I won’t say it was all oysters and clams – we were both cancers after all, and so maybe incompatible by fate. She thought I was cranky and bitter when the temperature shifted, and she could be cold and hard-shelled, but I honestly thought we had something that could last. I had planned to ask her to carry my sperm to the south end of the bay, where she'd keep it sacked through the warming waters before releasing her eggs that following November or December. I imagined our children making their way into the cold waters of the north, seeking out their father’s face among the busters along the coastline, and I’d recognize in them their mother’s softly smiling eyestalks.

And then one day, it happened. I had been out collecting seaweed and mollusks, and as I came up over the rocky rise, there she was heading steadily leftwards, buck and rider underneath some twerpy green-spotter from the shore. I never saw her again – maybe they ran off together, maybe they were wiped away in the undertow. That’s probably what they deserve. It took me a long time to get over that, seeing them together like that, with his seed all over her carapace. For a long time, I thought about just diving into one of those clay pots that litter the seabed, and letting them pull me up and away. I’m better these days and happily attached to a perfectly fine sook, but every now and again, when the winter turns towards spring and all the young men start releasing their pheromones, I think of her and the way she broke my soft-shell heart.

I Can't Believe You're Trampoling Me

Caleb and Olin ready to roll.

Sam and his father watch the races.

The inaugural meeting of the He-Man Cycling Society begins with the sharing of the animal crackers.

Sam on the trampoline at Wham-o's gym.

Caleb off the trampoline at Wham-O's gym.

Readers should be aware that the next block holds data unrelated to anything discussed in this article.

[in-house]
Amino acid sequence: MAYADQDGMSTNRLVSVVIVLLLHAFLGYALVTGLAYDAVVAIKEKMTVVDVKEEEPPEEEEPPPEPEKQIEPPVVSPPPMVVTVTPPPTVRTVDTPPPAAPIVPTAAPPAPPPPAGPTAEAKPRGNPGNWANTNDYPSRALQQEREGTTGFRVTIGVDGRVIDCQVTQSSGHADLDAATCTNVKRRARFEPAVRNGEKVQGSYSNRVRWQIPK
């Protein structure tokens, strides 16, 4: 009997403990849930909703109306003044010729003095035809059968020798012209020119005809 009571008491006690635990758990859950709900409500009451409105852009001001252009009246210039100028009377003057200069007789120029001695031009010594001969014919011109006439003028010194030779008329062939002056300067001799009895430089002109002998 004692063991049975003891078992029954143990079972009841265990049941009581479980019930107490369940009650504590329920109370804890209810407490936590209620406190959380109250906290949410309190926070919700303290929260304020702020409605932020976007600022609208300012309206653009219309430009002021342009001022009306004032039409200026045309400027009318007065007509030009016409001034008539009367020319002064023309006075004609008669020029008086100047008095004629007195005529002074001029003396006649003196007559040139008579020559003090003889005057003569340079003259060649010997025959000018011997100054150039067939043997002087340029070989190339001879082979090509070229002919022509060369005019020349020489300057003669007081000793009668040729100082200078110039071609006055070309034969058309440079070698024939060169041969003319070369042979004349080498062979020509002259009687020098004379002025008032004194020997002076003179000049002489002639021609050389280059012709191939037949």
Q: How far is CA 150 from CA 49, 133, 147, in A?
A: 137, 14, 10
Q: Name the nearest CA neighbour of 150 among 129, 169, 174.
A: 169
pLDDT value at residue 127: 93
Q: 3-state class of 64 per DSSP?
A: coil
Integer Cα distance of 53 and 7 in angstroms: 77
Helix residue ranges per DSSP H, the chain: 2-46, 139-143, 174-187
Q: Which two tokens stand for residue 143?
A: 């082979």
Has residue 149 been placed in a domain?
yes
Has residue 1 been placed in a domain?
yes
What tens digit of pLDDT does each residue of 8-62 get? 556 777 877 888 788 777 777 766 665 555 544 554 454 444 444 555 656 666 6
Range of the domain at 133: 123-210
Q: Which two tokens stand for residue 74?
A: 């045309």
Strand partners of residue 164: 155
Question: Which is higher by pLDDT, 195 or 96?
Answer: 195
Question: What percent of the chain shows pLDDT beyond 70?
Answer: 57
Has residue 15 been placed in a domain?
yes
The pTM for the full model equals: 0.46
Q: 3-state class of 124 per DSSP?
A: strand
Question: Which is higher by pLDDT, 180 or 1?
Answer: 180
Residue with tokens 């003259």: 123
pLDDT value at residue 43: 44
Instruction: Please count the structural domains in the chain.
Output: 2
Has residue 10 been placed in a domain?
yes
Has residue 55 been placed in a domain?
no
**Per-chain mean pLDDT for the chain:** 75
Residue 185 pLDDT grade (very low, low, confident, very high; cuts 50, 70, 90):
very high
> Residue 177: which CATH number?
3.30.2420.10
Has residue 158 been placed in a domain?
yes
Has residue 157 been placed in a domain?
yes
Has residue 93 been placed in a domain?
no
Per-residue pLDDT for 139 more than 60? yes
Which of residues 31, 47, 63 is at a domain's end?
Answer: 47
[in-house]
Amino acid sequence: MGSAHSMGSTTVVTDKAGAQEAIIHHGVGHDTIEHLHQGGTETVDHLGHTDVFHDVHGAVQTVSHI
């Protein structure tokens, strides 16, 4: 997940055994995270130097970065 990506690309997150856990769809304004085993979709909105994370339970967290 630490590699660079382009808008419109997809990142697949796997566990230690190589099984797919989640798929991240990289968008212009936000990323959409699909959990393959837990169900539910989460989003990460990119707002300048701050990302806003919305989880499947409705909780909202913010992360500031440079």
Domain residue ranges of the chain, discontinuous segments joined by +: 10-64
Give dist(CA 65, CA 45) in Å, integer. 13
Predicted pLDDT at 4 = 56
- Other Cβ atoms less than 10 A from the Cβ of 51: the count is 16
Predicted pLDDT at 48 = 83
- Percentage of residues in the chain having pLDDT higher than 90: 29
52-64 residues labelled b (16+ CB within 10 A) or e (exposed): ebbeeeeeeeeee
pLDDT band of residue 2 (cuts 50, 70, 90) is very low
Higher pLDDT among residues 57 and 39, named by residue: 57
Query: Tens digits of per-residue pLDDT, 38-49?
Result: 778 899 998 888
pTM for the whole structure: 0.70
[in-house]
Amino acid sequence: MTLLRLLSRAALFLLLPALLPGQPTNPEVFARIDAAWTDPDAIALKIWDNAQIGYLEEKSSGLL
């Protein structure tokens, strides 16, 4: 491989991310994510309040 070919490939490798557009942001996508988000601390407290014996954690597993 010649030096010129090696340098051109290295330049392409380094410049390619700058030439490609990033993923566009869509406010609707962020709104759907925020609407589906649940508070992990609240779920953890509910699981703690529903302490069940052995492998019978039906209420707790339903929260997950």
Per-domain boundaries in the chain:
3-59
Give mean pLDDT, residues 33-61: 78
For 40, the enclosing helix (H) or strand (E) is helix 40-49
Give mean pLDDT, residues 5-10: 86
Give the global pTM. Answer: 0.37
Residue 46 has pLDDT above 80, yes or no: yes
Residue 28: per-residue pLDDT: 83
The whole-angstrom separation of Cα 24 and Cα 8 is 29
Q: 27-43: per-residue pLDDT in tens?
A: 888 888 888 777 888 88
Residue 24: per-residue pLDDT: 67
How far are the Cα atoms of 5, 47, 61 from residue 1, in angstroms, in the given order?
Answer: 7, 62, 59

Pile-driving off the turnbuckle, continuing the Wisconsin tradition of contributions to the professional wrestling industry.

Sam and Olin camping out.



Although I consider myself a non-practicing and creedless Unitarian, I have a strange attractions to Bible stories. David Maine's The Preservationist was one of the first books I reviewed on this blog, I'm a fan of the Brick Testament, and actually kind of dig Bob Dylan's born-again period. Some of my favorite people are gnostics, and at least one a seminarian.

(If I step back, what I'm actually fond of is the act of interpretation. Just as when Toots and The Maytals record their version of John Denver's "Take Me Home Country Roads," a story changes in the telling. Ten years ago, Reynolds Price wrote some vignettes about the life of Jesus for Time Magazine, including a haunting small-story about the resurrected Jesus watching -- and perhaps assisting -- in the suicide of Judas. "Make it new," said Ezra Pound.)

Interpretation is particularly fun with the books of the Bible, since the source material is so spare and minimalist to begin with. (Perhaps years from now writers will create new fables out of the 1980's stories of Raymond Carver and Grace Paley.) Since we're not told how Noah fit all the animals into a boat, since we don't know why Cain slew Abel, since it's hard to envision how a pebble might kill a giant, there's room for imagination and exploration in retelling.

Jonathan Goldstein does quite a bit of this in Ladies and Gentlemen, The Bible!, working through a good chunk of the Old Testament and up through, in the final story in the collection, mere moments before the birth of Jesus. You may know Goldstein -- as I do -- from a version of his "Cain and Abel" story which has become a staple on "This American Life." It's a strong and weird story about the first brothers, the invention of brotherhood and of jealousy and of murder. In "Cain and Abel," and throughout the book, Goldstein has a way of describing feelings or impulses that are common to us modern folk but which would be entirely new to the first (from a Biblical point of view, anywho) fellows. Characters struggle with an all-powerful and unknowable God, as well as the demands of family and tradition. There's a playful approach to anachronism, which lightens the load and makes each of these stories breezy and approachable.